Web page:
A biennial survey run by NielsenIQ of almost 6000 Police Association members shows 73 per cent support for general arming of the police constabulary, the highest level in a decade.
Support is even higher among frontline officers, with road policing at 79 per cent, general duties police at 77 per cent, and other uniformed operational roles at 74 per cent.
The survey found one in four general duties officers were threatened with a firearm last year, while one in eight officers overall were threatened with a gun.
Police Association president Chris Cahill said the message from members is clear - they do not believe the current availability of firearms is sufficient for their safety.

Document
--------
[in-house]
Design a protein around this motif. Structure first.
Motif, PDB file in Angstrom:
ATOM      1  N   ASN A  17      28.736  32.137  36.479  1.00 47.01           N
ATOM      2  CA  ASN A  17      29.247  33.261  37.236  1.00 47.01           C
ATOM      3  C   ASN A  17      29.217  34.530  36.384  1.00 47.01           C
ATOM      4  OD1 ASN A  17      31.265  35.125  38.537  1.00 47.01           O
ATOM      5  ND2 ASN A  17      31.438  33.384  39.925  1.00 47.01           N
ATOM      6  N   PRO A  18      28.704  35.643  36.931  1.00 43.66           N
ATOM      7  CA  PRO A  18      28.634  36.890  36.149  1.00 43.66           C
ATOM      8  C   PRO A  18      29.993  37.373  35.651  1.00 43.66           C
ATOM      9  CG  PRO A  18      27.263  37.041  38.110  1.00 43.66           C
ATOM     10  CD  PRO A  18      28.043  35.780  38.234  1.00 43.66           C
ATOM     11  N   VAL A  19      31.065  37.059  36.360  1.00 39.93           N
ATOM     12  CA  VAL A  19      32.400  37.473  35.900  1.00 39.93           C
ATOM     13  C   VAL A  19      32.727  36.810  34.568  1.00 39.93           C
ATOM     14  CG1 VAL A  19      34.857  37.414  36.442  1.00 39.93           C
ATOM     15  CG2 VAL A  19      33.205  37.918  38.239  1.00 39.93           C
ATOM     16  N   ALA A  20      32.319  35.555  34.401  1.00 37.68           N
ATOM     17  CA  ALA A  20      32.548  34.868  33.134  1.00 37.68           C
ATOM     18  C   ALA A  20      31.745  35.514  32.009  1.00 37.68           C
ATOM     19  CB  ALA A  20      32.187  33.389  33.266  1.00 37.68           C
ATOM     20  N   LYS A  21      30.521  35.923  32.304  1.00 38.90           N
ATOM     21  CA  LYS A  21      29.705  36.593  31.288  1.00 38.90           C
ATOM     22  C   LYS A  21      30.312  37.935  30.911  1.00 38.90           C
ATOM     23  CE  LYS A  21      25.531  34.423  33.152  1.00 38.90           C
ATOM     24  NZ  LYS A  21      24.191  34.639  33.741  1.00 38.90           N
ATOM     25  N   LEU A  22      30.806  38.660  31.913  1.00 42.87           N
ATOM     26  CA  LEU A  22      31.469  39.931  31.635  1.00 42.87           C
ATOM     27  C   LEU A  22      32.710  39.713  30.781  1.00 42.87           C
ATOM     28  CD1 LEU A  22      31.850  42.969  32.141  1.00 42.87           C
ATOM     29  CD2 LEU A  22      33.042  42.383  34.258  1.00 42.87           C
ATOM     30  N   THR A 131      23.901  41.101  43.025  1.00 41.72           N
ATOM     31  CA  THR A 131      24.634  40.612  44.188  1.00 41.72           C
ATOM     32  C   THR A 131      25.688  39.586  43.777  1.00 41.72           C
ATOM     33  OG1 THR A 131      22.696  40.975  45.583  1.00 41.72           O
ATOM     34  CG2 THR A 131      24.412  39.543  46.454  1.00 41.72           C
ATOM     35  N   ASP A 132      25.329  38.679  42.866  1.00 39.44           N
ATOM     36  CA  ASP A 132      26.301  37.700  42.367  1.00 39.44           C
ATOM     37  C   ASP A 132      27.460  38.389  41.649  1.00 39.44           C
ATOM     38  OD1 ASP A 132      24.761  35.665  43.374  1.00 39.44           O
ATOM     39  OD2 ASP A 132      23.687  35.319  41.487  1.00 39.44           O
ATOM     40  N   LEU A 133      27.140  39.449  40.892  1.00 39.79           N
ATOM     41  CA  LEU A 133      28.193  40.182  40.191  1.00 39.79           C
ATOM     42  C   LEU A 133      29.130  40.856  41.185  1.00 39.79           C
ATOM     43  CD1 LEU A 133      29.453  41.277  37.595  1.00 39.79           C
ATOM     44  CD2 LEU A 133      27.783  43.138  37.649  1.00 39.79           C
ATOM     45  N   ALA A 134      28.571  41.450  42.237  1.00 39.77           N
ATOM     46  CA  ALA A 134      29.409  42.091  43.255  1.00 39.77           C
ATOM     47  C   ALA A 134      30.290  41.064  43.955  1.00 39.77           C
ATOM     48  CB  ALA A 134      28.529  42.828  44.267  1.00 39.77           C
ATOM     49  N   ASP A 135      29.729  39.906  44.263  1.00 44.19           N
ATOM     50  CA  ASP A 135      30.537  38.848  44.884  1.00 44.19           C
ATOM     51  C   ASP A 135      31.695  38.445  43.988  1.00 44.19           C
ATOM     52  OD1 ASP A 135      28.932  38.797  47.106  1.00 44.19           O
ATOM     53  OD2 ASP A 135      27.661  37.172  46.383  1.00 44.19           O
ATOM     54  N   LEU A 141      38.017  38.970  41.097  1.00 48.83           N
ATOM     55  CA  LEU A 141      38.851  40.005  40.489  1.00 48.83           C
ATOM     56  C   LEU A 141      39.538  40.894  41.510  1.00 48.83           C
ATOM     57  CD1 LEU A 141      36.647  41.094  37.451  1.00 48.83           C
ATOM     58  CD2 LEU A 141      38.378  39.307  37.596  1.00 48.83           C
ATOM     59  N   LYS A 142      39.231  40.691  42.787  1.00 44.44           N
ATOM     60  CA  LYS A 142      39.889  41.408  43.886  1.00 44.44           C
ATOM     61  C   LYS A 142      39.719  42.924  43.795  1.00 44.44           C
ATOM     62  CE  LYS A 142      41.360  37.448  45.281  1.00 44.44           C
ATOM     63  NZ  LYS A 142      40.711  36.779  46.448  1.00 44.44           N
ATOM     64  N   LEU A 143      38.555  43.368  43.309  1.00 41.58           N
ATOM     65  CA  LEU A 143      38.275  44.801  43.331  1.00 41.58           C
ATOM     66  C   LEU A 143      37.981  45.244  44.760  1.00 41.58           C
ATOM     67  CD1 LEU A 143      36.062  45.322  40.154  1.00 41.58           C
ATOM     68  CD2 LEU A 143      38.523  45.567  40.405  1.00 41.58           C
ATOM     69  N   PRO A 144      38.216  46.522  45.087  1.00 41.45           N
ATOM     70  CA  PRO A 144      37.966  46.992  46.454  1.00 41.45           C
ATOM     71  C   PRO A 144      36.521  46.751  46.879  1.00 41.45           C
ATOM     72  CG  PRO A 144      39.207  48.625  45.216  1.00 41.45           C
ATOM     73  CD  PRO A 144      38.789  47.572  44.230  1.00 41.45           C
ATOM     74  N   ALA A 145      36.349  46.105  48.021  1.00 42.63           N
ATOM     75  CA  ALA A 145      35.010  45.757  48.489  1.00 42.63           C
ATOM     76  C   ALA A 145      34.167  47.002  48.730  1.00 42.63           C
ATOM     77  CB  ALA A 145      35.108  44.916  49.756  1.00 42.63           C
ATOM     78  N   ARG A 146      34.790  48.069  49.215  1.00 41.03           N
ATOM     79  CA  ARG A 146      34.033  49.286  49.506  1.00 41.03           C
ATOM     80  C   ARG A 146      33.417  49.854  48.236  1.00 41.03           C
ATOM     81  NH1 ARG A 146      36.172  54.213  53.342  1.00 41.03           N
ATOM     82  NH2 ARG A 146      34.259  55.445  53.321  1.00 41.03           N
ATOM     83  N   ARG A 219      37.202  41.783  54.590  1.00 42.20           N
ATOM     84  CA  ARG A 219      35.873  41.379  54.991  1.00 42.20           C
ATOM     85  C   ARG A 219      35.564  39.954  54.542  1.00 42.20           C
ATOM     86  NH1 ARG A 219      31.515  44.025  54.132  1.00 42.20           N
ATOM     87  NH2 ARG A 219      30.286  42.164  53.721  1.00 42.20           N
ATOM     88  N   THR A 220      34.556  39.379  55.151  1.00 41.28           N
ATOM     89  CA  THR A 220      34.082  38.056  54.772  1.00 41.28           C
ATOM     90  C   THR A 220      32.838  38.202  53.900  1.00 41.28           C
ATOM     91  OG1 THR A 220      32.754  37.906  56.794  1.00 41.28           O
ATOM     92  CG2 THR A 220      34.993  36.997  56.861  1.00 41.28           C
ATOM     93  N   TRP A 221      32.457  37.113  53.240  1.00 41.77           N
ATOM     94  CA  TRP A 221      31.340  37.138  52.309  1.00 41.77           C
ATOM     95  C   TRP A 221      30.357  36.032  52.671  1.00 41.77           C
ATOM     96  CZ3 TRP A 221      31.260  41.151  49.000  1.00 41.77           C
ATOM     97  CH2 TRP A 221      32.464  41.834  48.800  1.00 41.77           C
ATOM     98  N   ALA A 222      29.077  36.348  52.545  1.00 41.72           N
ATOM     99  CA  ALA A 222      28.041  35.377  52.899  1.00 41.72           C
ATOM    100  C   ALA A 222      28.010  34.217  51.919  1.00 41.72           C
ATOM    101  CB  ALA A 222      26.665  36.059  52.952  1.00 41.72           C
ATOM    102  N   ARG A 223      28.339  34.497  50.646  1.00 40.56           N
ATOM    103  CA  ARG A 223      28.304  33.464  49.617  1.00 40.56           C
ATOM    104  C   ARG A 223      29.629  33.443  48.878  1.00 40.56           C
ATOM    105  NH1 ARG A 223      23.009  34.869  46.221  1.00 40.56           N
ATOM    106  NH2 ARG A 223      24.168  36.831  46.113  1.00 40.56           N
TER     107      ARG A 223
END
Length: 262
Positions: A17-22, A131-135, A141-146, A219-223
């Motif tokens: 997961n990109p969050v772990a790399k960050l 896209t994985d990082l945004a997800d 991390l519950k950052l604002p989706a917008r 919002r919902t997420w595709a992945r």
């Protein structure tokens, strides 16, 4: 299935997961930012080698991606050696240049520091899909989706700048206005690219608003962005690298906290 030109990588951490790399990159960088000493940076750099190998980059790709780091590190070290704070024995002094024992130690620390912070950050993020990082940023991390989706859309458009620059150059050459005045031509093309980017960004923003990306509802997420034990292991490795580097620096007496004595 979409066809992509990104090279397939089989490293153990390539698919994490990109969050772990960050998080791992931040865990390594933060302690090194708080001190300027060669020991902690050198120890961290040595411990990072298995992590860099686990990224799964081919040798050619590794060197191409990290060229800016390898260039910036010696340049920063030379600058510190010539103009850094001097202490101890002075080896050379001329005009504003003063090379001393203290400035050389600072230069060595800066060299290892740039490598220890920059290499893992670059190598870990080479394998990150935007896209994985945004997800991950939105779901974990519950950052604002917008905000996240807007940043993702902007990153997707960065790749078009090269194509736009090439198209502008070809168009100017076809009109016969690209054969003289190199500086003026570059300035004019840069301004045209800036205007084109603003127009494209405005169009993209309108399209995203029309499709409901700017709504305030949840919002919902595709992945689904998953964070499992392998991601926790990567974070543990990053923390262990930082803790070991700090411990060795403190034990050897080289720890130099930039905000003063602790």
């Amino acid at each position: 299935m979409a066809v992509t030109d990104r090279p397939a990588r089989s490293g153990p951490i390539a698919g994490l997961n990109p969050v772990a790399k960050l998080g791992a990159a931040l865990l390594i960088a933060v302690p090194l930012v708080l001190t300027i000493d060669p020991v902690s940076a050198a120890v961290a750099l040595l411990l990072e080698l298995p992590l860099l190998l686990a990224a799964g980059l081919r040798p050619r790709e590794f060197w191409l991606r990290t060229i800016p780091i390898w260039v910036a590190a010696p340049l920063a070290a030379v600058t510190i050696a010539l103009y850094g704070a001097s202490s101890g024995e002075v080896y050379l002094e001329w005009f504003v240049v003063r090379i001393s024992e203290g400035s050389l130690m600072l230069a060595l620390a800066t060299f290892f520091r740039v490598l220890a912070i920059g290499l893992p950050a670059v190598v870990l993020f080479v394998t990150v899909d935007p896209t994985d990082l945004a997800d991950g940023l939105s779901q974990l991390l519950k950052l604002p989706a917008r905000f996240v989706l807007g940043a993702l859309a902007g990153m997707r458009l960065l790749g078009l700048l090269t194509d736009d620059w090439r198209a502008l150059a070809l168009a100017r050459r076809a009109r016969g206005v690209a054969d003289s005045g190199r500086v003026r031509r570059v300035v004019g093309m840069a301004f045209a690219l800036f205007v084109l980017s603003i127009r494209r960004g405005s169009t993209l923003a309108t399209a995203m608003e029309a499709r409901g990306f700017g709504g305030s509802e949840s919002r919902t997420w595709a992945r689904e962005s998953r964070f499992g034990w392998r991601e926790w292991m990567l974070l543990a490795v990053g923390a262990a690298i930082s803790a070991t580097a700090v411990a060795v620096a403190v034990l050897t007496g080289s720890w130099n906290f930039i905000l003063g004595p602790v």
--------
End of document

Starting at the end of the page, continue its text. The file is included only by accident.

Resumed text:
Last week Police Commissioner Andrew Coster ruled out a move towards the general arming of police officers.
He was commenting after Eli Epiha who murdered police officer Matthew Hunt was found guilty of the attempted murder of the officer's partner, Constable David Goldfinch.
Coster said safety of the front line was top of mind for the police leadership who were looking at "whole system settings" to keep police as safe as possible.
"It's tempting to want to reach for a single solution that would be the magic wand.
"I'm pretty clear that general arming is not that magic wand.
"If we look internationally, there's no jurisdiction you would point to to go they're so much safer than us because they carry firearms."
In April, RNZ reported that dozens and sometimes hundreds of frontline police officers have been told to carry guns on average once a week in recent months, as fears around gun violence escalate.
Some of these temporary arming orders - where all frontline officers can be armed - can span entire districts and last for days, usually while police investigate a shooting or other violence.